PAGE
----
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  • 2017.11
How Korea was annexed to Japan
This entry is specially for KSJoshWhite

While I was reading comments posted by KSJoshWhite, I noticed Korean MA instructors are doing Anti-Japan propagations to students.
What surprised me was he thought there was a war between Japan and Korea before annexation.
If he has done a little bit of research, it's easy to find out what really happened.

This is a famous caricature drawn by French illustrator Bigot in 1887, the title is Une partie de pêche-A party of fishing.
544.jpg






Korea is a fish on the center, Japanese, Russian and Chinese are fishing.
At the time, Korea was actually China's subject country so China didn't have to fish Korea and Korean ruling class was very loyal to China.
However since Europe's invasion to Asia, China was much weakened.(ex.Opium War)
In Korea, there were Pro-China group and Pro-Japan group.
Kim Ok-gyun, a Pro-Japan activist, he wanted to modernize Korea like Japan's Meiji Restoration.
In 1884, He and his comrades toppled the corrupted governmet(Gapsin Coup) with a support of Japanese while China was busy to against France.(Sino–French War)
As a result of the war, China lost territory(Vietnam). So now China didn't want to lose anymore territory - Korean peninsula.
China sent troops, killed the activists and the Japanese.
taigayaku.jpgKim Ok-gyun was survived but later assassinated in Shanghai his body was sent to Korea for "Slow slicing".







China and Japan agreed to withdraw troops from Korea. But they both promised that they would infom each other when sending troops to Korea.(Convention of Tientsin)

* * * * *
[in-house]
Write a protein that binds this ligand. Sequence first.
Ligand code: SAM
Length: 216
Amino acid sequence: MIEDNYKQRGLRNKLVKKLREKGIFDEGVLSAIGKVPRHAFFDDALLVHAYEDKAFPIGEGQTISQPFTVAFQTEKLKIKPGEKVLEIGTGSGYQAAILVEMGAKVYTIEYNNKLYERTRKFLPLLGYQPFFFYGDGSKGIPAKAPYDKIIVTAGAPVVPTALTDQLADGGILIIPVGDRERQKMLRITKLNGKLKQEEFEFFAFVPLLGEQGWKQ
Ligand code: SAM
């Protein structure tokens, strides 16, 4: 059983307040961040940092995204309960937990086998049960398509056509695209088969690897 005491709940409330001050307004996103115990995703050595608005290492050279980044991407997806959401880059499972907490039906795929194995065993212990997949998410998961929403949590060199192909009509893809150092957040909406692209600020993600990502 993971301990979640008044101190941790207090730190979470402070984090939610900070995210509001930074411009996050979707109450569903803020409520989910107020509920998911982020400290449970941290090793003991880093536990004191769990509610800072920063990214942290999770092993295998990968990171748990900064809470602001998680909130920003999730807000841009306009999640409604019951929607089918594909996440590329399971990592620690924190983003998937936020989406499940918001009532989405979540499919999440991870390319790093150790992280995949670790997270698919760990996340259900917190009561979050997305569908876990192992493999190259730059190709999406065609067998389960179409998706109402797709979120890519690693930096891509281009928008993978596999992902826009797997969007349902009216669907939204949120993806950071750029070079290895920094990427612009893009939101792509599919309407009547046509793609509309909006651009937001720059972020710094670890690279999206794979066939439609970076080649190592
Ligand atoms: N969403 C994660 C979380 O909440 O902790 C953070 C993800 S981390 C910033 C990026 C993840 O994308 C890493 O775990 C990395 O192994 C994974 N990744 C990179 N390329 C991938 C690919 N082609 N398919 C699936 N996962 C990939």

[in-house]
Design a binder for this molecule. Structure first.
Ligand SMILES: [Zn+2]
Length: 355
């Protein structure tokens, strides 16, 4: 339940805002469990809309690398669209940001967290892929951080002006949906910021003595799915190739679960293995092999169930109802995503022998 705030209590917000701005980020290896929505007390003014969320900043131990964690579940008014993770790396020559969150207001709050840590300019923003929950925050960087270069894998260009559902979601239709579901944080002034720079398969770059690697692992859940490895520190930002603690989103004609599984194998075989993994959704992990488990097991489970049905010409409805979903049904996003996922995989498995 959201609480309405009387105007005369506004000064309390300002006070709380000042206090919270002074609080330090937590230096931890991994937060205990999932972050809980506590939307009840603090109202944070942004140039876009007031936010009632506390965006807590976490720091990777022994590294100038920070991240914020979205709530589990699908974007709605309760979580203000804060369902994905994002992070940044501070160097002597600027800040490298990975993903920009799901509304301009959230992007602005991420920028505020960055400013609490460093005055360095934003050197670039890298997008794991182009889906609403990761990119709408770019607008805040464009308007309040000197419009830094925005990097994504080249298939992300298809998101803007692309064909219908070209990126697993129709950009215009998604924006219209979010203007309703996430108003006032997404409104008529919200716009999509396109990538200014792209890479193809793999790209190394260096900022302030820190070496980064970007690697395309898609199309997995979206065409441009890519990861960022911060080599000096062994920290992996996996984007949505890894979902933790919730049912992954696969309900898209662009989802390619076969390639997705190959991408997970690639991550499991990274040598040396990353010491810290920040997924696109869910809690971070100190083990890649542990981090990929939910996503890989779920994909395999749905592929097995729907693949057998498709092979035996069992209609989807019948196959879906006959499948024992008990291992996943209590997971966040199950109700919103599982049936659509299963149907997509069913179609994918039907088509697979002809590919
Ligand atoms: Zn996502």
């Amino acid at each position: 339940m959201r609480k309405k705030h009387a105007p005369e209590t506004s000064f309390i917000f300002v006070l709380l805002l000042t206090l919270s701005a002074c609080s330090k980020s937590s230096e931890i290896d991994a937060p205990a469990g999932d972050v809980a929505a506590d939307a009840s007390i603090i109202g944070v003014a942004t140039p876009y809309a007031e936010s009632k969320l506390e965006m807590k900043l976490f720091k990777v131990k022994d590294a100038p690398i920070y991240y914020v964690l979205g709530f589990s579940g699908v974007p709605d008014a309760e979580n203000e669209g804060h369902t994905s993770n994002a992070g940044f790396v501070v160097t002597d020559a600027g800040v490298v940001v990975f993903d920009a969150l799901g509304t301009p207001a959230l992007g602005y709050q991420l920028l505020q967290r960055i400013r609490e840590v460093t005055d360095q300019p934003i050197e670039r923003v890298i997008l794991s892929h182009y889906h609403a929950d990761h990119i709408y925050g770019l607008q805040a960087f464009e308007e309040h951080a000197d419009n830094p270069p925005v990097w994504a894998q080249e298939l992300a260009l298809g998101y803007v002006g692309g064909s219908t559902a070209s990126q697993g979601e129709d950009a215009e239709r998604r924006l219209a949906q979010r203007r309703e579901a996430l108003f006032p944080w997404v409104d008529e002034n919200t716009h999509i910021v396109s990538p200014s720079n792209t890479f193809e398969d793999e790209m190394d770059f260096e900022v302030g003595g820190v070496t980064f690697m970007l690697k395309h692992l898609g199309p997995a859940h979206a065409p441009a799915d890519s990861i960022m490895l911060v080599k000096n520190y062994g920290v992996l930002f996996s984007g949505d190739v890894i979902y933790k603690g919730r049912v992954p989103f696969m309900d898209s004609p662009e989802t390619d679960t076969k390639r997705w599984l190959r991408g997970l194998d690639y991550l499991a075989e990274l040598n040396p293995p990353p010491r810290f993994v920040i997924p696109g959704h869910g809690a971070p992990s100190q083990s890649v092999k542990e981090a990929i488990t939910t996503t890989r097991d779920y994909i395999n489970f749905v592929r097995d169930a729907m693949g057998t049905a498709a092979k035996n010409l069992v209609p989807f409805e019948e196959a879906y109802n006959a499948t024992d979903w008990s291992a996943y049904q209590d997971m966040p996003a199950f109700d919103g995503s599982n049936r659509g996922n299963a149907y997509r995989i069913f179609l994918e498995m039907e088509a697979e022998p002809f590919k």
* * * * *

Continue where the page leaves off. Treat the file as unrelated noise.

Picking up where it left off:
In 1894, thousands of Korean peasants rose up against the government.(Donghak Peasant Revolution)
The Korean court called for help to China, China sent troops to supress the rebels and Japan sent troops to protect Japanese residents.
6bbf9c1d.jpg
During Gapsin Coup, Japanese residents in Korea were raped and massacred by Koreans and Chinese. Korea paid 110000 yen compensation-Treaty of Seoul 1885.
The picture is a part of the treaty 漢城条約, the marked part indicates the compensation for the victims family.






The conflict became Sino-Japan War.
19cdf9c7.jpg





During the war, the Korean peasant rebels rose up against Japanese but was defeated by coalition forces of the Japanese and the Joseon Korean military.
838a3ea5.jpg
Embassy telegraph
"A few Corean soldiers accompanied Japanese troops by special orders of the King of Korea. Some fled but most of them fought with great bravery."



Japan won the war, Korea became indipendent country.(Shimonoseki Treaty 1895)
5268f49e.jpg
Indipendence gate.